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Knockouts: 13
Submissions: 8
UFC Rank: n/a

Although he remains “retired”, whenever “El Diablo” Nick Diaz decides to return to the octagon, he will be an immediate championship threat. The division’s best boxer and Brazilian Jiu-Jitsu expert has fought the best and was both a Strikeforce and WEC Welterweight Champion. His colourful nature makes him a polarizing figure but he’ll earn fans’ and haters’ respect alike with his artistic display of boxing destruction whenever he steps in the octagon.

ARES
Rory Macdonald (15-2, 6-2 UFC)

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Knockouts: 6
Submissions: 6
UFC Rank: #4

With GSP retired, Rory “Ares” Macdonald now stands as Tristar Gym’s and Canada’s top fighter. Growing tired of his old name, Macdonald gave himself his own nickname although his tentative fighting style has led to much criticism. Regardless, Ares has all the tools to be a champion – size, topnotch grappling skills and toughness. He recently lost to Ruthless but he’s only one big win away from  being back in the title picture.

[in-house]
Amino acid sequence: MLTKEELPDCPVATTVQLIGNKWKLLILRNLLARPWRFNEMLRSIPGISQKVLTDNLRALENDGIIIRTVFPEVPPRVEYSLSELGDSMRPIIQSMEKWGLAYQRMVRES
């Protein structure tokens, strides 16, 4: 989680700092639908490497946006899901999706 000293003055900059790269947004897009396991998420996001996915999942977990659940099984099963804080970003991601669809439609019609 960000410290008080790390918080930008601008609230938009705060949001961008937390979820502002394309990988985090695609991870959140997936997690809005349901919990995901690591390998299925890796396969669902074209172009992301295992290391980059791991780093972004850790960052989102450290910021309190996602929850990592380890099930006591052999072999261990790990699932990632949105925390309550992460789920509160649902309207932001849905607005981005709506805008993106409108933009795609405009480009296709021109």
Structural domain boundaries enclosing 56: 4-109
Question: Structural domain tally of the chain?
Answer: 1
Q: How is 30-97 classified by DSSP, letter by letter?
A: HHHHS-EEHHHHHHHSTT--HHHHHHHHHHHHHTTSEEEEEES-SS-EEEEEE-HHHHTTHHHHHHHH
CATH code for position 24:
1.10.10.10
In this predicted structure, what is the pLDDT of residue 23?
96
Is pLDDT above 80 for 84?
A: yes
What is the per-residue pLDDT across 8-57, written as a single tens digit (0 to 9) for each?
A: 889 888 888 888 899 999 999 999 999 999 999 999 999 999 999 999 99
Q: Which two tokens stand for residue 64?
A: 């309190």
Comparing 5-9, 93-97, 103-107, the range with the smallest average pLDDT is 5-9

THE JUGGERNAUT
Jake Ellenberger (29-7, 8-3 UFC)

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Knockouts: 18
Submissions: 5
UFC Rank: #5

The Juggernaut has been injured as of late and always seems to be overshadowed by the top fighters but he didn’t earn his moniker as an X-Men fan. Juggernaut is a powerful force and has won the majority of his UFC fights by way of knockout. He’s a wrestler by nature but prefers to stand and bang and even the toughest fighters should be weary to go toe-to-toe with The Juggernaut.

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Knockouts: 3
Submissions: 10
UFC Rank: #7